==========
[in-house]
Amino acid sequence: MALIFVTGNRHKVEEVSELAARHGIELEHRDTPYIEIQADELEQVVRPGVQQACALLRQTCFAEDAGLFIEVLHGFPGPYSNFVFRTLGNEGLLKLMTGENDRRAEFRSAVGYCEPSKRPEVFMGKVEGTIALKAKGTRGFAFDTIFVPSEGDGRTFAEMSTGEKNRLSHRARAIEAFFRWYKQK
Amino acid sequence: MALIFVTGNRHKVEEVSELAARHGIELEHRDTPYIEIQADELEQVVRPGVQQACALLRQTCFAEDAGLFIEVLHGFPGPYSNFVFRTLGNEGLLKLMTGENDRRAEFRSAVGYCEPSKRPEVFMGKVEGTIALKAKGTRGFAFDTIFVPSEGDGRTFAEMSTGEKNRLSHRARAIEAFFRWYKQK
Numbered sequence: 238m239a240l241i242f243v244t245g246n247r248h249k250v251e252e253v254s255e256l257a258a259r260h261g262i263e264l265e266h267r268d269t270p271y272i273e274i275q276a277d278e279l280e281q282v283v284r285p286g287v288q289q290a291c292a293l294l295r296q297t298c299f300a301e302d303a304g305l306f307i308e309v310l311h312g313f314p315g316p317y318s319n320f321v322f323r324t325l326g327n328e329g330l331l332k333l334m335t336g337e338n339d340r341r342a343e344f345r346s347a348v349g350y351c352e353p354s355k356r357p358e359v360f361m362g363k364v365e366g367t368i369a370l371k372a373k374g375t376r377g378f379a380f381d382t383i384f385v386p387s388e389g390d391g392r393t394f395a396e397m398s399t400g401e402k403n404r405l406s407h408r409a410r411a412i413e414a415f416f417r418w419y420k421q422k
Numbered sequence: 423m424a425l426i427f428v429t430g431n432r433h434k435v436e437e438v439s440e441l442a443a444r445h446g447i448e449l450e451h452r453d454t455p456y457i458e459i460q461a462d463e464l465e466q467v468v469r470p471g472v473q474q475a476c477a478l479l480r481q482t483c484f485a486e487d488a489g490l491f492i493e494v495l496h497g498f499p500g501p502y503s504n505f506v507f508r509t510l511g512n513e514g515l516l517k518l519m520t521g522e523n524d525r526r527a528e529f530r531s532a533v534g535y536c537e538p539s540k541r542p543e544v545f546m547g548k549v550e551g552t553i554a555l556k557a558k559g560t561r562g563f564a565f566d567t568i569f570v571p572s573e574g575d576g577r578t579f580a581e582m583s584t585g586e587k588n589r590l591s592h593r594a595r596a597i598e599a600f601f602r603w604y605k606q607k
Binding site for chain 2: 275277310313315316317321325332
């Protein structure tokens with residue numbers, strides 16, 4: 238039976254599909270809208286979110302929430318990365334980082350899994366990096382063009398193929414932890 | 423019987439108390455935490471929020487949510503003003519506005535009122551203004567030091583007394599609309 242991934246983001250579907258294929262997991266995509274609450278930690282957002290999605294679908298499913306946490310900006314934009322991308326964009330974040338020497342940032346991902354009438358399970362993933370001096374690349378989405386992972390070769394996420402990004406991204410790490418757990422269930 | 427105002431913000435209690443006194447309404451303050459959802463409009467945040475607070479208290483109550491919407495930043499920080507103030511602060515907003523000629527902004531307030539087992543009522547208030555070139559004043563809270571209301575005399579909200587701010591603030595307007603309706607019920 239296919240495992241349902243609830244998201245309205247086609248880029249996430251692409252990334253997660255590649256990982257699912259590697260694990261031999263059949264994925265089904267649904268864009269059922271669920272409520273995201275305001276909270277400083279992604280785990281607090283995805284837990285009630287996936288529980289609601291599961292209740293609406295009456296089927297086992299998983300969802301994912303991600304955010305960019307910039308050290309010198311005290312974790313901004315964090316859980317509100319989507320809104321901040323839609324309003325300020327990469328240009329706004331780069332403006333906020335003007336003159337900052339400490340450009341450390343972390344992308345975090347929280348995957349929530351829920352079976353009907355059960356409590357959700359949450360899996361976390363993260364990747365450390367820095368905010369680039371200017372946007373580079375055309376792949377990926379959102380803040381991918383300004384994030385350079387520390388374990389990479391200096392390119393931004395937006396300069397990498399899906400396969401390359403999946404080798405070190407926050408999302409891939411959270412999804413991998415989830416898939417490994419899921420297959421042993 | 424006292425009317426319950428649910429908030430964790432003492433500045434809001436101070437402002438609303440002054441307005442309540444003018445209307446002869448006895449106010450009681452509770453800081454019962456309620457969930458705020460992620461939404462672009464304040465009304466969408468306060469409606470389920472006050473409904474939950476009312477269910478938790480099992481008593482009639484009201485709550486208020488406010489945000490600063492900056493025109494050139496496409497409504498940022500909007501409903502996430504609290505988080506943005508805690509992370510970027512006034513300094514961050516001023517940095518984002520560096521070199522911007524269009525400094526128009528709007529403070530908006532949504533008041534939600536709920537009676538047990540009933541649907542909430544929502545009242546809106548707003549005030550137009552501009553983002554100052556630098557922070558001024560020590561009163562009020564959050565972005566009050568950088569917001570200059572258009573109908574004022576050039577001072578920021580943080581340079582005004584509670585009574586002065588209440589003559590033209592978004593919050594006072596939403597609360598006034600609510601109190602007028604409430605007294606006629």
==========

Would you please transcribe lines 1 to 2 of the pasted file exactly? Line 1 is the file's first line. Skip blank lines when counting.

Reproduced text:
[in-house]
Amino acid sequence: MALIFVTGNRHKVEEVSELAARHGIELEHRDTPYIEIQADELEQVVRPGVQQACALLRQTCFAEDAGLFIEVLHGFPGPYSNFVFRTLGNEGLLKLMTGENDRRAEFRSAVGYCEPSKRPEVFMGKVEGTIALKAKGTRGFAFDTIFVPSEGDGRTFAEMSTGEKNRLSHRARAIEAFFRWYKQK